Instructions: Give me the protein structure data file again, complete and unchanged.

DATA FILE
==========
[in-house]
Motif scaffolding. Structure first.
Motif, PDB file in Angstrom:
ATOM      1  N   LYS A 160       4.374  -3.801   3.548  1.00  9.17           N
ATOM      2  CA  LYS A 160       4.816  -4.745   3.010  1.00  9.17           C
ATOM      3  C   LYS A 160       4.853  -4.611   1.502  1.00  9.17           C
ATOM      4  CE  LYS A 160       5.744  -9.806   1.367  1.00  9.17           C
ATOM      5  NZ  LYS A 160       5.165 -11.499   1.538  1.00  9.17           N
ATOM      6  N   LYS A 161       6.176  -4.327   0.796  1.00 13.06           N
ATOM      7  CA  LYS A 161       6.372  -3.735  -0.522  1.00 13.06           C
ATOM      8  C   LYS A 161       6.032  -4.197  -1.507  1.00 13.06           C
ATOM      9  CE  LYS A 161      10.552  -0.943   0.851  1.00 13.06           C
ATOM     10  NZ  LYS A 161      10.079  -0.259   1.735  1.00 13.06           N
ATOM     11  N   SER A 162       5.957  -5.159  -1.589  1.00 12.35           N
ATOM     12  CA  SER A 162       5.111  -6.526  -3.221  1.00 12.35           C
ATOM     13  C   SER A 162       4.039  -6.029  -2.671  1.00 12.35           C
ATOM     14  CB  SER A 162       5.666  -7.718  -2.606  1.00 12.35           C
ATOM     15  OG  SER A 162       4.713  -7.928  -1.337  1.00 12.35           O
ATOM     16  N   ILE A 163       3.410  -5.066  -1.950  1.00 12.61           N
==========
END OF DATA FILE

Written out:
[in-house]
Motif scaffolding. Structure first.
Motif, PDB file in Angstrom:
ATOM      1  N   LYS A 160       4.374  -3.801   3.548  1.00  9.17           N
ATOM      2  CA  LYS A 160       4.816  -4.745   3.010  1.00  9.17           C
ATOM      3  C   LYS A 160       4.853  -4.611   1.502  1.00  9.17           C
ATOM      4  CE  LYS A 160       5.744  -9.806   1.367  1.00  9.17           C
ATOM      5  NZ  LYS A 160       5.165 -11.499   1.538  1.00  9.17           N
ATOM      6  N   LYS A 161       6.176  -4.327   0.796  1.00 13.06           N
ATOM      7  CA  LYS A 161       6.372  -3.735  -0.522  1.00 13.06           C
ATOM      8  C   LYS A 161       6.032  -4.197  -1.507  1.00 13.06           C
ATOM      9  CE  LYS A 161      10.552  -0.943   0.851  1.00 13.06           C
ATOM     10  NZ  LYS A 161      10.079  -0.259   1.735  1.00 13.06           N
ATOM     11  N   SER A 162       5.957  -5.159  -1.589  1.00 12.35           N
ATOM     12  CA  SER A 162       5.111  -6.526  -3.221  1.00 12.35           C
ATOM     13  C   SER A 162       4.039  -6.029  -2.671  1.00 12.35           C
ATOM     14  CB  SER A 162       5.666  -7.718  -2.606  1.00 12.35           C
ATOM     15  OG  SER A 162       4.713  -7.928  -1.337  1.00 12.35           O
ATOM     16  N   ILE A 163       3.410  -5.066  -1.950  1.00 12.61           N